In this article I argue that two current accounts of scientific understanding are incorrect and I propose an alternative theory. My new account draws on recent research in cognitive psychology which reveals the importance of making causal and logical inferences on the basis of incoming information. To understand a phenomenon we need to make particular kinds of inferences concerning the explanations we are given. Specifically, we come to understand a phenomenon scientifically by developing mental models that incorporate the correct causal (...)
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  • The Epistemic Value of Understanding.Henk W. de Regt - 2009 - Philosophy of Science 76 (5):585-597.
    This article analyzes the epistemic value of understanding and offers an account of the role of understanding in science. First, I discuss the objectivist view of the relation between explanation and understanding, defended by Carl Hempel and J. D. Trout. I challenge this view by arguing that pragmatic aspects of explanation are crucial for achieving the epistemic aims of science. Subsequently, I present an analysis of these pragmatic aspects in terms of ‘intelligibility’ and a contextual account of scientific understanding based (...)
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  • The Goal of Explanation.Stephen R. Grimm - 2010 - Studies in History and Philosophy of Science Part A 41 (4):337-344.
    I defend the claim that understanding is the goal of explanation against various persistent criticisms, especially the criticism that understanding is not truth-connected in the appropriate way, and hence is a merely psychological state. Part of the reason why understanding has been dismissed as the goal of explanation, I suggest, is because the psychological dimension of the goal of explanation has itself been almost entirely neglected. In turn, the psychological dimension of understanding—the Aha! experience, the sense that a certain explanation (...)
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  • What Types of Values Enter Simulation Validation and What Are Their Roles?Gertrude Hirsch Hadorn & Christoph Baumberger - 2019 - In Claus Beisbart & Nicole J. Saam (eds.), Computer Simulation Validation - Fundamental Concepts, Methodological Frameworks, and Philosophical Perspectives. Springer. pp. 961-979.
    Based on a framework that distinguishes several types, roles and functions of values in science, we discuss legitimate applications of values in the validation of computer simulations. We argue that, first, epistemic valuesEpistemic values, such as empirical accuracyAccuracy and coherence with background knowledgeBackground knowledge, have the role to assess the credibilityCredibility of simulation results, whereas, second, cognitive valuesCognitive values, such as comprehensiveness of a conceptual modelConceptual model or easy handling of a numerical model, have the role to assess the usefulness (...)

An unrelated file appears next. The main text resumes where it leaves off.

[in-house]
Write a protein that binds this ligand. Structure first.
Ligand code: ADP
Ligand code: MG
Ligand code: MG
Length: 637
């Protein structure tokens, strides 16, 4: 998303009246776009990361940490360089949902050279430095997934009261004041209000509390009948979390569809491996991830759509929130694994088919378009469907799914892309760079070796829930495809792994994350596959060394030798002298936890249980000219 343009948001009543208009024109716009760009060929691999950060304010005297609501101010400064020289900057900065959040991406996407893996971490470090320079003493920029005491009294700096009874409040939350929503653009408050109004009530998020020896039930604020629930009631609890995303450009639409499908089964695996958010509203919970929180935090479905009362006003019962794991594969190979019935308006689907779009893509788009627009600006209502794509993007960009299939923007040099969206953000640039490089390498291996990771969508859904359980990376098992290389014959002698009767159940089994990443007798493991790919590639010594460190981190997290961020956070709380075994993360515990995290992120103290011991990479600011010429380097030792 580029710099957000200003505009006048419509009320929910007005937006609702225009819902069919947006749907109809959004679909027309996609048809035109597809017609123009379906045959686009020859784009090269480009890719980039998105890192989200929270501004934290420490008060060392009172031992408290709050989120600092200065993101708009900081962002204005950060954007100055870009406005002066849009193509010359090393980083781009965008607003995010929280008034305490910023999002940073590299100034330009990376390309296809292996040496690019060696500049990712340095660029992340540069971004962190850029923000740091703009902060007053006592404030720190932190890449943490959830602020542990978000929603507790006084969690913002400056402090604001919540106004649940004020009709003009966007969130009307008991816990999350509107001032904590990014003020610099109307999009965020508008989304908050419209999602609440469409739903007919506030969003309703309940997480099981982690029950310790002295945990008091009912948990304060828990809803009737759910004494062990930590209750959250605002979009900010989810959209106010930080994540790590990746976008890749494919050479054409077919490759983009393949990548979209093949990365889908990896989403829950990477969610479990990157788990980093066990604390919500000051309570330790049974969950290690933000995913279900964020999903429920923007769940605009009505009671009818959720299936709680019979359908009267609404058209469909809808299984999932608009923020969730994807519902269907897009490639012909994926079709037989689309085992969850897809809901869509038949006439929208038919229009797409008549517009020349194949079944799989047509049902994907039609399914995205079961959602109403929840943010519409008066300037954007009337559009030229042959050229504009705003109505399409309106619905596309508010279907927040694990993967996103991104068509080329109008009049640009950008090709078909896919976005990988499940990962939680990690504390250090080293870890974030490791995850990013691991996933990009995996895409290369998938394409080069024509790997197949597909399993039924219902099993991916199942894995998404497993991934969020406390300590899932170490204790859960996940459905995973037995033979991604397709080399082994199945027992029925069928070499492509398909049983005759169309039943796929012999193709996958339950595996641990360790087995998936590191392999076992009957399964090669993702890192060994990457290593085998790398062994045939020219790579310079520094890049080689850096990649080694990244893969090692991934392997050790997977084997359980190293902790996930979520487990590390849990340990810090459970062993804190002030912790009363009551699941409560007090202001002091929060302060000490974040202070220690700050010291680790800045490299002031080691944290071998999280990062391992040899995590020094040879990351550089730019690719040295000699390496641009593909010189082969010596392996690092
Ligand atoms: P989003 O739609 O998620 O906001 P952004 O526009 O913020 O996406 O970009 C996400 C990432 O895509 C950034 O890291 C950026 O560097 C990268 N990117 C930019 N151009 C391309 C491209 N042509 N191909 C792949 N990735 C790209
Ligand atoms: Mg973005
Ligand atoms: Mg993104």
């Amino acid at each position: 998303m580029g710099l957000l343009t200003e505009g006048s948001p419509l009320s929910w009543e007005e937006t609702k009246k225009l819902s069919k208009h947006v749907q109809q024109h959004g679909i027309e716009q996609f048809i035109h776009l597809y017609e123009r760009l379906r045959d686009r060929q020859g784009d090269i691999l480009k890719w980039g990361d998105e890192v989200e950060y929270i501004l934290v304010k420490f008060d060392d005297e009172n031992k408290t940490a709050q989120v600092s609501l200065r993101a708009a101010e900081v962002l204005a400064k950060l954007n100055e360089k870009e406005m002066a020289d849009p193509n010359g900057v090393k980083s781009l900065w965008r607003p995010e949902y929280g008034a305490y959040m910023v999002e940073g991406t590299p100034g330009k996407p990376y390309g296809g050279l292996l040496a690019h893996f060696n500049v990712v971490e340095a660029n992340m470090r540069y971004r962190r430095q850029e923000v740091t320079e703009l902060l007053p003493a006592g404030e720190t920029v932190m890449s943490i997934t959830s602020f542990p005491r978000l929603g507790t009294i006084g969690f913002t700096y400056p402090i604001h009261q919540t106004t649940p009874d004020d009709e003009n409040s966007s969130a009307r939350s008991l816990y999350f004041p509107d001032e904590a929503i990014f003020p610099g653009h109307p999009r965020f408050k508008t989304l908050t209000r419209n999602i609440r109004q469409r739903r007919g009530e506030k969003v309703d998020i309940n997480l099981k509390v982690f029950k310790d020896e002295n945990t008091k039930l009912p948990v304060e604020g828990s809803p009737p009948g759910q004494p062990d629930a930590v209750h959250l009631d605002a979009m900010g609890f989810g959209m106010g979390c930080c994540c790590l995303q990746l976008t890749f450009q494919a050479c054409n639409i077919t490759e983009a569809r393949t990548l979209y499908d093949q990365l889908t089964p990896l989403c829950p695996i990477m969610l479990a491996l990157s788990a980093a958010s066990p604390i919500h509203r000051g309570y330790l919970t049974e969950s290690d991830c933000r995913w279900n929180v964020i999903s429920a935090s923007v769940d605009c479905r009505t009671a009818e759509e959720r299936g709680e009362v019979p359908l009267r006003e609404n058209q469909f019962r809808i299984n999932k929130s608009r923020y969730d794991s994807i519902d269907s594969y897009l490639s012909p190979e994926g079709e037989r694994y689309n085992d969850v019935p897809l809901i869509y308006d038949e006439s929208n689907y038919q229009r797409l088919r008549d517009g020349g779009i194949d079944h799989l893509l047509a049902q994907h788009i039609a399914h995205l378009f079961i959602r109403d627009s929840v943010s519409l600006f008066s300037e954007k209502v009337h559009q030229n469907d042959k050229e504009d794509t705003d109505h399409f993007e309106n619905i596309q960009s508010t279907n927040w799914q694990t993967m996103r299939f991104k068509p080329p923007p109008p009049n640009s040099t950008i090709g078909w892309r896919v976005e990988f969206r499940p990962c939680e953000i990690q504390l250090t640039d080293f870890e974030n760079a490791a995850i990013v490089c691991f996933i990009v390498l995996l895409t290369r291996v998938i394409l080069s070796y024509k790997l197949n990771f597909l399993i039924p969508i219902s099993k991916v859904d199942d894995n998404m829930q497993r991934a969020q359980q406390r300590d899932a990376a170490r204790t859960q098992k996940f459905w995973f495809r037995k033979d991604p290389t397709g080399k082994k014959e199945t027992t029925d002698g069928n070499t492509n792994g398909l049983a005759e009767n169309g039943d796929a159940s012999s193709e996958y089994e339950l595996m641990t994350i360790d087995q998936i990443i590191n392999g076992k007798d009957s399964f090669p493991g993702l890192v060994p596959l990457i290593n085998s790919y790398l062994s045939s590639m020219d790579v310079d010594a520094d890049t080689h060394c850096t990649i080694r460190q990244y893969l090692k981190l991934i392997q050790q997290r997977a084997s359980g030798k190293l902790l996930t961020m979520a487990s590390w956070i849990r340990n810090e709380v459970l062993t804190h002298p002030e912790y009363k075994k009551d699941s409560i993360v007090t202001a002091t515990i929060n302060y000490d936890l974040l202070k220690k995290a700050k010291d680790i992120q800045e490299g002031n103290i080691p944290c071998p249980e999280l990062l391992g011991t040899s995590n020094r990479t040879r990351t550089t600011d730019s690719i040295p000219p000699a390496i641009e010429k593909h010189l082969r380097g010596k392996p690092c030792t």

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  • Cognitive Attitudes and Values in Science.Kevin Elliott & David Willmes - unknown
    We argue that the analysis of cognitive attitudes should play a central role in developing more sophisticated accounts of the proper roles for values in science. First, we show that the major recent efforts to delineate appropriate roles for values in science would be strengthened by making clearer distinctions among cognitive attitudes. Next, we turn to a specific example and argue that a more careful account of the distinction between the attitudes of belief and acceptance can contribute to a better (...)
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  • "Understanding and Transparency".Stephen R. Grimm - 2016 - In Explaining Understanding: New Perspectives From Epistemology and Philosophy of Science. Routledge.
    I explore the extent to which the epistemic state of understanding is transparent to the one who understands. Against several contemporary epistemologists, I argue that it is not transparent in the way that many have claimed, drawing on results from developmental psychology, animal cognition, and other fields.
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  • The Diverse Aims of Science.Angela Potochnik - 2015 - Studies in History and Philosophy of Science Part A 53:71-80.
    There is increasing attention to the centrality of idealization in science. One common view is that models and other idealized representations are important to science, but that they fall short in one or more ways. On this view, there must be an intermediary step between idealized representation and the traditional aims of science, including truth, explanation, and prediction. Here I develop an alternative interpretation of the relationship between idealized representation and the aims of science. In my view, continuing, widespread idealization (...)
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  • Scientific Progress: Knowledge Versus Understanding.Finnur Dellsén - 2016 - Studies in History and Philosophy of Science Part A 56:72-83.
    What is scientific progress? On Alexander Bird’s epistemic account of scientific progress, an episode in science is progressive precisely when there is more scientific knowledge at the end of the episode than at the beginning. Using Bird’s epistemic account as a foil, this paper develops an alternative understanding-based account on which an episode in science is progressive precisely when scientists grasp how to correctly explain or predict more aspects of the world at the end of the episode than at the (...)
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  • MUDdy Understanding.Daniel Wilkenfeld - 2017 - Synthese 194 (4).
    This paper focuses on two questions: Is understanding intimately bound up with accurately representing the world? Is understanding intimately bound up with downstream abilities? We will argue that the answer to both these questions is “yes”, and for the same reason-both accuracy and ability are important elements of orthogonal evaluative criteria along which understanding can be assessed. More precisely, we will argue that representational-accuracy and intelligibility are good-making features of a state of understanding. Interestingly, both evaluative claims have been defended (...)